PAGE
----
Let’s pretend two groups singing a slogan each: one, supportive to the government, “Uribe – Amigo – El pueblo está contigo” (“Uribe, our friend, the people is with you”); the other one, on the contrary yells, “Uribe – Paraco – El pueblo está berraco” (“Uribe, you paramilitary, the people is angry”). Good journalism would show them both, contextualized with balance. Bad journalism (the partisan one, so we understand each other) would concentrate on one of them (the second part) and minimizing the other one. Awful journalism would made the most convenient expression the centre of its coverage, giving that example the headline in red letters. Based on what I could watch, RCN and Caracol have avoided the “awful” one’s excesses, but they’ve been quite far from the “good” one, making this way a huge favour for Uribe, which will be acknowledged, sometime and somehow.

Finally, with his usual sarcasm, Bilioso slams the pretended “pacifism” of Colombians and the alleged “success” of the demonstrations, as FARC won’t return the bodies of the murdered deputies to their families and won’t stop kidnapping:

“Mainsanity” media say the march was successful. And it’s not true: it’s otherwise, the march was a failure. If the march asked for the release of the kidnapped then it was a failure because the kidnapped are still at the mountains and if the march asked for peace then it’s unnecessary to remark it was a devastating failure, another one. […]

The demonstrators, quite euphoric, went to the streets to ask for the return of the corpses of the 11 Valle del Cauca deputies murdered by the FARC terrorist army. It was very moving to see these supportive Bogotans to ask for the delivery of the stiffs, but I don’t remember seeing them in 2001 protesting on the death of 30 peasants in Chengue small village. They just forgot it for sure. No matter 30 is more than 11! I also don’t remember them marching against the massacre of 49 in Mapiripán, a 5-day massacre. In this upside down world 11 politicians are more important than 49 peasants, though the former only have 22 kidneys and the latter 98. And if we’re recalling “notable” deaths I also don’t remember seeing demonstrators in 2000 when 15 peasants were beaten to death with clubs in Macayepo. They’re so forgetful! Now, if we talk about numbers, El Salado massacre in 2000 would have deserved a huge march because more than 100 persons were killed with clubs and knives. Didn’t they? Of course not, you stupid Bilioso, don’t you see 100 peasants aren’t worth even half deputy? Jerk! I get it, 100 peasants who grow food for the demonstrators in Bogotá aren’t worth even half politico. Democracy stuff… Strange things for [Ripley’s] believe it or not such a war president going out and marching for peace. Does it make any sense? Mother of mine, why didn’t you give birth to me in Venezuela where there’s oil and land reform?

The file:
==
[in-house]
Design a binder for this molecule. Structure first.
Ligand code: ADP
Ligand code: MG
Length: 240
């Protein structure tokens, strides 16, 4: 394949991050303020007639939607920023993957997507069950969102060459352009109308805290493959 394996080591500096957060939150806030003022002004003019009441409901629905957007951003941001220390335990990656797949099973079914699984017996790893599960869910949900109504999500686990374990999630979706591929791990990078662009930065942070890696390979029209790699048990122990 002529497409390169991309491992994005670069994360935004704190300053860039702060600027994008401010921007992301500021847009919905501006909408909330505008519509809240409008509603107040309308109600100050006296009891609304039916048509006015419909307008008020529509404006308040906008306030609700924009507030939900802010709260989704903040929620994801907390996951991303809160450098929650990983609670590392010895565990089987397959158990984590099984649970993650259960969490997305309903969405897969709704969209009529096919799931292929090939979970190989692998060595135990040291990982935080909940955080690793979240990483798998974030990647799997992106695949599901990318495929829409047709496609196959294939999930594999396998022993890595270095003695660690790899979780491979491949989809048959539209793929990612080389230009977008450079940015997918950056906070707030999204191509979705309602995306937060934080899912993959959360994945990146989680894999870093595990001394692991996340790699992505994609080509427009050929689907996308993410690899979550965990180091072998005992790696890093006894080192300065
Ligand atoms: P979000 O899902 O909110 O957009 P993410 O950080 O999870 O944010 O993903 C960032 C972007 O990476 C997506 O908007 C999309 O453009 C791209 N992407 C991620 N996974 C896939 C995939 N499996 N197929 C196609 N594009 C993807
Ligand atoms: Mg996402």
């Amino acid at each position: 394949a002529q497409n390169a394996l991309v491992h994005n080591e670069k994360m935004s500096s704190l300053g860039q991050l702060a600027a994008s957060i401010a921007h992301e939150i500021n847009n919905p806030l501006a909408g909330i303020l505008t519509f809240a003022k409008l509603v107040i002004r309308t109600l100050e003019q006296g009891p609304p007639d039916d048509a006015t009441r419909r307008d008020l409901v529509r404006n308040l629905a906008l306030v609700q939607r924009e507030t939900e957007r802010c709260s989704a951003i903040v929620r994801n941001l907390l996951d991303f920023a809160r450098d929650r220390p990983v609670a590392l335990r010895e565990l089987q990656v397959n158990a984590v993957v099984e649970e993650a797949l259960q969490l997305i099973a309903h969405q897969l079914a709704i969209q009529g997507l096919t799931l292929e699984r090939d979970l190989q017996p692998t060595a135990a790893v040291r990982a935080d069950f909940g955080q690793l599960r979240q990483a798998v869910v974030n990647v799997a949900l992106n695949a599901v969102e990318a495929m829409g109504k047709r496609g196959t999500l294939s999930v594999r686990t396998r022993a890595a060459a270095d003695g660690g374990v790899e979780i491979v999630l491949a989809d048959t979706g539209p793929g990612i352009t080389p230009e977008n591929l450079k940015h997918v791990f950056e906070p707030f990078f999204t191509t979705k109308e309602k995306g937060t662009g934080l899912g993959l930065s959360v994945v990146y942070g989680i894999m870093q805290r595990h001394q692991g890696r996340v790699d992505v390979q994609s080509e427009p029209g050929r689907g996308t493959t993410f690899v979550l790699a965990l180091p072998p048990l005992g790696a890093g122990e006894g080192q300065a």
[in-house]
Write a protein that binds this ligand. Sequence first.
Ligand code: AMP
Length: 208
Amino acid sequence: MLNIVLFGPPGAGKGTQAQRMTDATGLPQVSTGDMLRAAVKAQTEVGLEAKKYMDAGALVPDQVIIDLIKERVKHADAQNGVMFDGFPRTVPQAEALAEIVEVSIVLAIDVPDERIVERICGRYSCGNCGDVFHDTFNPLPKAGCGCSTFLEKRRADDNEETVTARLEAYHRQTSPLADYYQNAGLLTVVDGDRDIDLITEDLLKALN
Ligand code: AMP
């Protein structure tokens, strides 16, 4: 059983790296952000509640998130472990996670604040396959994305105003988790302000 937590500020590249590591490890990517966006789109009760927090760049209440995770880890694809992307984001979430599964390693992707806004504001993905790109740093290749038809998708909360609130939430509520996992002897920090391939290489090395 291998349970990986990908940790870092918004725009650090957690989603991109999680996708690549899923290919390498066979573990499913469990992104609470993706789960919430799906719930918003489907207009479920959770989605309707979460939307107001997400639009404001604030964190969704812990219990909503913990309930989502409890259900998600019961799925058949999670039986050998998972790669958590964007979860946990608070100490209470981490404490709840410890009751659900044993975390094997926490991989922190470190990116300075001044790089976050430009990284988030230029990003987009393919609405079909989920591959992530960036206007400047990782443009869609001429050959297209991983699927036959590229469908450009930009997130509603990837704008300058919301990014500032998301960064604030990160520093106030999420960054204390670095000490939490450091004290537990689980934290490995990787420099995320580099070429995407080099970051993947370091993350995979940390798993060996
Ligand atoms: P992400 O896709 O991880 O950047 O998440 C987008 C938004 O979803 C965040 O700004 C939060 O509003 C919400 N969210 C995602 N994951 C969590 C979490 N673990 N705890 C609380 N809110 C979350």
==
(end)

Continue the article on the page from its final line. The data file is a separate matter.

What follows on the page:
Bilioso also transcribes a bloodcurdling testimony of a survivor of a massacre perpetrated by paramilitaries.

2 responses to “Colombians protest against kidnappings

  1. Hello! Maybe we did something useful with all of this articles and the marching people around the country. If the guerrilla decided to give back the bodies of the murdered deputies is because they had to. People pressing them gave real results.

    Am I an idealist? I don’t know. But I guess we could continue pressing for giving freedom back to all of those who are kidnapped.

    Best wishes.

  2. Some more pictures of the march in Medellin with reference to the oportunists taking advantage of the march to promote their political views, and those who took the oportunity and turned it into a business venture by selling whistles, white handkerchiefs and noisemakers.